I ask the students to have their projects ready to present and to clear their desks, so they can focus on the presentations. Then I hand out the Nervous System Listening Guide. I review the listening guide questions with the students to ensure they understand the expectations.
I also review the Project rubric and the online portion with the students one more time as a reminder of the presentation expectations. I tell the students that I expect them to ask their classmates questions and I remind them that I will ask each group at least one question as well.
Note to teacher: I have found that the use of the listening guide helps the students focus more productively on the presentations of their peers in addition to providing them with an opportunity to write down information to refer back to prior to a summative assessment.
I randomly call on students to present their project to the class. This helps to hold the students accountable for their projects because they know that they can be called on to present at any time. Once a student has finished his/her presentation, he/she calls on classmates to ask questions.
The student is expected to accurately answer the question. Once the students have had their questions answered, I ask one final question. The questions I ask focus on having the students explain the structures and the functions of the nervous system. A question I typically ask is, "How does your project demonstrate your understanding of how information from sensory stimuli arrives at and is processed by the brain?"
This final question pushes students to self assess their understanding of the content learned in the unit. The additional questions also help the students (both those presenting and those in the audience) review the unit information in preparation for the summative assessment. I provide the students with a little time between presentations, so they can complete their listening guide.
Rigorous questioning can't be abandoned because students struggle. Instead, growing students to meet the rigor is the solution. I describe how I do this in my reflection.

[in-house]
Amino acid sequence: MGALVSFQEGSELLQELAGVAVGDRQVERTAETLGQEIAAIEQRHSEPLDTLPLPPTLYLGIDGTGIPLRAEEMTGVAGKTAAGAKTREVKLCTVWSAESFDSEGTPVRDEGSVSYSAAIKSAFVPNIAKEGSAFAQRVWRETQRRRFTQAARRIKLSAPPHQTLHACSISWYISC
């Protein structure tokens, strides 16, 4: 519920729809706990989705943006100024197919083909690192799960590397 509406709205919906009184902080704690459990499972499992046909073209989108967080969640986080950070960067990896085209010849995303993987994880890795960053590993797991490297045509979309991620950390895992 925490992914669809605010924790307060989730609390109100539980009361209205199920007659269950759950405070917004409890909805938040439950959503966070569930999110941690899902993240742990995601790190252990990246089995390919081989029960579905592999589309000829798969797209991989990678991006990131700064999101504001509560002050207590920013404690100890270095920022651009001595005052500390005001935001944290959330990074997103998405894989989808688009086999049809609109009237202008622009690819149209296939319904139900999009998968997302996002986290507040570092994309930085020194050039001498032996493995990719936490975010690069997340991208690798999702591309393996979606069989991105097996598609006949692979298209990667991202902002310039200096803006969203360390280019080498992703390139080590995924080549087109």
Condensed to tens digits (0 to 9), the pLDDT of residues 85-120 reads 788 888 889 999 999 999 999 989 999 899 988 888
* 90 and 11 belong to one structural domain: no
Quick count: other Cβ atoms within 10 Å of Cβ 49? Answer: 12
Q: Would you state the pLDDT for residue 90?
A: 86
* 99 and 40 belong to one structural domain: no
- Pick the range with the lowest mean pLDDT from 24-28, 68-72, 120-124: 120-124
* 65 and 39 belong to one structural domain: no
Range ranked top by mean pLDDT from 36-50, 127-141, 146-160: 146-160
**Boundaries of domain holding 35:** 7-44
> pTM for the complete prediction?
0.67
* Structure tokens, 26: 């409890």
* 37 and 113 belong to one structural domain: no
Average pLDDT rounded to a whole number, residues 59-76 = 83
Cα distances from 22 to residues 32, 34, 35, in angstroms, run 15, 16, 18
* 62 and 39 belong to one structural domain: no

Presentations of the capstone project addresses CCSS SL.8.5 as students use visuals and models to share information with the class. NGSS SP8 is addressed as the students communicate their information and NGSS MS-LS1-8 is addressed when the students develop their projects to explain how the nervous system functions.
When we near the end of class and it is apparent that there is not enough time for another student to present, I direct the students' attention to the last question on the listening guide. I explain to them that the question requires them to write something they have learned about the nervous system. The students are able to refer back to their previously written information from each presentation in order to answer the question. In this student summary sample, the student chose to write the final summary about a presentation that had not been previously summarized.
It is important to also discuss what we’ve learned (we remember conversations better), so I ask for volunteers to share their responses with the class. This allows us to discuss some of the students' projects and how they relate to our unit, which is a great review of unit information.
This video provides a view of a couple of student projects.